Wall Street Takes a New Roller Coaster Ride

February 1, 2021
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It was an interestingly volatile week on Wall Street, particularly in the equities market. For the first time, retail investors using social media and the proliferation of smaller-sized, zero commission trades apps united to place a squeeze on institutional short sellers, taking many completely out of their short positions in pandemic trounced stocks, resulting in sizable losses.

Mixed news on the new Johnson & Johnson vaccine, continued political discourse in Washington, news from the Federal Reserve’s Federal Open Market Committee (“FOMC”) meeting, and 2020’s fourth quarter GDP report added to the week’s market volatility and drove short-term and longer-term interest rates in different directions, steepening Treasury and interest rate swap yield curves.

U.S. stocks fell sharply on Friday as heightened speculative trading by retail investors continued to unnerve the stock markets. The Dow Jones Industrial Average (“DJIA”) lost 621 points, or 1.6%, after falling below the 30,000 mark at its session low. The 30-stock benchmark posted its worst day since October. The S&P 500 Index fell 1.6% as all 11 of its sectors traded in the red. The NASDAQ Composite slid 1.8%.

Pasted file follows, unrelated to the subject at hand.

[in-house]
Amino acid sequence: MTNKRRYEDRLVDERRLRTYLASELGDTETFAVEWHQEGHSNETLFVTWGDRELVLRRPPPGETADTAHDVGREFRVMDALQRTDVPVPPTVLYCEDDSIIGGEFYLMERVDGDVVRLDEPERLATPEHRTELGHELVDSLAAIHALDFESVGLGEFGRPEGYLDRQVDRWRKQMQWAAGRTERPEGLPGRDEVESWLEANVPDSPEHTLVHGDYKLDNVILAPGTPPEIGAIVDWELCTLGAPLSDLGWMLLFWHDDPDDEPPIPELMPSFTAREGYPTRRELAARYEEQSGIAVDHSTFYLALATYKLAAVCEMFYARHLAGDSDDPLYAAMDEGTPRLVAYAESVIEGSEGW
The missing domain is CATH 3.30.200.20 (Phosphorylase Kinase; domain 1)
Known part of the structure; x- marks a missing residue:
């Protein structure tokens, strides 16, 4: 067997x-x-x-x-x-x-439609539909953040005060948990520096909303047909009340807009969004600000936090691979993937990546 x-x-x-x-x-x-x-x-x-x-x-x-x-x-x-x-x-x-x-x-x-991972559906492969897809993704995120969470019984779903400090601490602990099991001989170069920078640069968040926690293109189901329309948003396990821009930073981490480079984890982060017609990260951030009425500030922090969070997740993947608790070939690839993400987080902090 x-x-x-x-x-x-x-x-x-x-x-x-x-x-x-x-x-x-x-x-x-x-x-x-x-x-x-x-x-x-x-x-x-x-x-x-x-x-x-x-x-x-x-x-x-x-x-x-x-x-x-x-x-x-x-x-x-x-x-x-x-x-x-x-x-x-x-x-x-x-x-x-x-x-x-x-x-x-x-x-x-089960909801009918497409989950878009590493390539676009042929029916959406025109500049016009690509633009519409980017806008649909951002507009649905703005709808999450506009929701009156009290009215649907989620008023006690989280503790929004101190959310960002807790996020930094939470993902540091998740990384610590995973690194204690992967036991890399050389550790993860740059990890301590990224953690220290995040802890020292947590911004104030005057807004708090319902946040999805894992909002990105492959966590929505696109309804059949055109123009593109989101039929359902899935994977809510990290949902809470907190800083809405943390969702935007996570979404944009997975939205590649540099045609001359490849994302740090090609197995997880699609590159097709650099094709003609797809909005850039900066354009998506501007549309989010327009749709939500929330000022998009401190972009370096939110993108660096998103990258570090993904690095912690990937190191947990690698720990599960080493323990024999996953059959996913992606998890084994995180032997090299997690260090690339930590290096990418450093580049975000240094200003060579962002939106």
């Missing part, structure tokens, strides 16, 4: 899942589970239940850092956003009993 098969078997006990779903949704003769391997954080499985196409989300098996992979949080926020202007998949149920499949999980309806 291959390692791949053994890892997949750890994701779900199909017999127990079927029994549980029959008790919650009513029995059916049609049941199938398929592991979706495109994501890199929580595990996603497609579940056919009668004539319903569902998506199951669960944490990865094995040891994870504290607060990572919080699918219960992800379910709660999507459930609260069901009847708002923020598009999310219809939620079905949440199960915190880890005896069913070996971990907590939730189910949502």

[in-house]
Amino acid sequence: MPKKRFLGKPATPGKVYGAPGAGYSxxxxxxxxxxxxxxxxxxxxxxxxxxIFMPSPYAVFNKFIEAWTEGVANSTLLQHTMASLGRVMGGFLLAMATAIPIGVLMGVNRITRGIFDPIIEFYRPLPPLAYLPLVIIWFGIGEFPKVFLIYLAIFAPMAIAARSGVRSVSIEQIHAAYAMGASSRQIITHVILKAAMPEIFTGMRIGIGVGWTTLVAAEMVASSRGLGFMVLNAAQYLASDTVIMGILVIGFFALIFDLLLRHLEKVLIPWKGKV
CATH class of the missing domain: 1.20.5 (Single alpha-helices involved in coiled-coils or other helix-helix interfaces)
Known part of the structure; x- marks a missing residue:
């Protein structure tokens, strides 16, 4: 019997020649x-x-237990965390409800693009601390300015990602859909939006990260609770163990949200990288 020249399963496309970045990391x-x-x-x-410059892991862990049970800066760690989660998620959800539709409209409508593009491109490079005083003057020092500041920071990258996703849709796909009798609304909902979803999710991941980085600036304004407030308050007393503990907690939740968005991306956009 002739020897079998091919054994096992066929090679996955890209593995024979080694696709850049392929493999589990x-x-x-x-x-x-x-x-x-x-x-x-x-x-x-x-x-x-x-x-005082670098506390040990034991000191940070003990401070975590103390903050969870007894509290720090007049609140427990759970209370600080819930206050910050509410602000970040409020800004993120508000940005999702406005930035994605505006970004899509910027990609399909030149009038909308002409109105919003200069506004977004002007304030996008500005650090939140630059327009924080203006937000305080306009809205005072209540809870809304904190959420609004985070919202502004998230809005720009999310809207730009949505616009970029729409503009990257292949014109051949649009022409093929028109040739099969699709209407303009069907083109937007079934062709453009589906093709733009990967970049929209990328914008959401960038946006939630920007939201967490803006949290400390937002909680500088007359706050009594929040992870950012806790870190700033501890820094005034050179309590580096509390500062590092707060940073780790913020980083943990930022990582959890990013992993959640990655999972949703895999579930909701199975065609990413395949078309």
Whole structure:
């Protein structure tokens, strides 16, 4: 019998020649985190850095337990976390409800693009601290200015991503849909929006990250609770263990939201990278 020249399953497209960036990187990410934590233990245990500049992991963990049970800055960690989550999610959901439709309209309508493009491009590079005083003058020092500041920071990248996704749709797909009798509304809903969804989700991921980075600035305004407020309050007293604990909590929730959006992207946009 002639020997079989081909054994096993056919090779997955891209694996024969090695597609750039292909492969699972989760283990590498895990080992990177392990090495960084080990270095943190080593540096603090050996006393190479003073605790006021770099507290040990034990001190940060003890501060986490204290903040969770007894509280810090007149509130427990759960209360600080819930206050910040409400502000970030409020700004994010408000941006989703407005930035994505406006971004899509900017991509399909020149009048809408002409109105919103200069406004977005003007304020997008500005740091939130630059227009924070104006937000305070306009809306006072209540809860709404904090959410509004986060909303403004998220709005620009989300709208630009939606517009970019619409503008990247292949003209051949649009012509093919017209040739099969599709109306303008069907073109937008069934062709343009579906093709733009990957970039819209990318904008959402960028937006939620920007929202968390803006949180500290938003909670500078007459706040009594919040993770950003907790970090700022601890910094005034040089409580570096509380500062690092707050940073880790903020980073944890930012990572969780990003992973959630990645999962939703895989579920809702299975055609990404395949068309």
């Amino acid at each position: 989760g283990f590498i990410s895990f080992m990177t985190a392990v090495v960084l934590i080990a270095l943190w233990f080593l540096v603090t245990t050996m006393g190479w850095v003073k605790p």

Previously in the week on Wednesday, the DJIA lost more than 600 points, suffering its worst sell-off in three months. Then the blue-chip benchmark index rebounded by 300 points on Thursday amid a broad equity market rally. This market also experienced its highest trading volume in years as retail day-trading mania heated up on Wednesday. Total market volume hit more than 23.7 billion shares, surpassing the level during the height of the financial crisis in 2008.

Investors are concerned that if certain heavily shorted stocks, such as GameStop and AMC Entertainment, continue to rise in such a volatile fashion, it may ripple through the financial markets, causing losses at brokers and forcing hedge funds who bet against the stocks to sell other securities to raise required cash.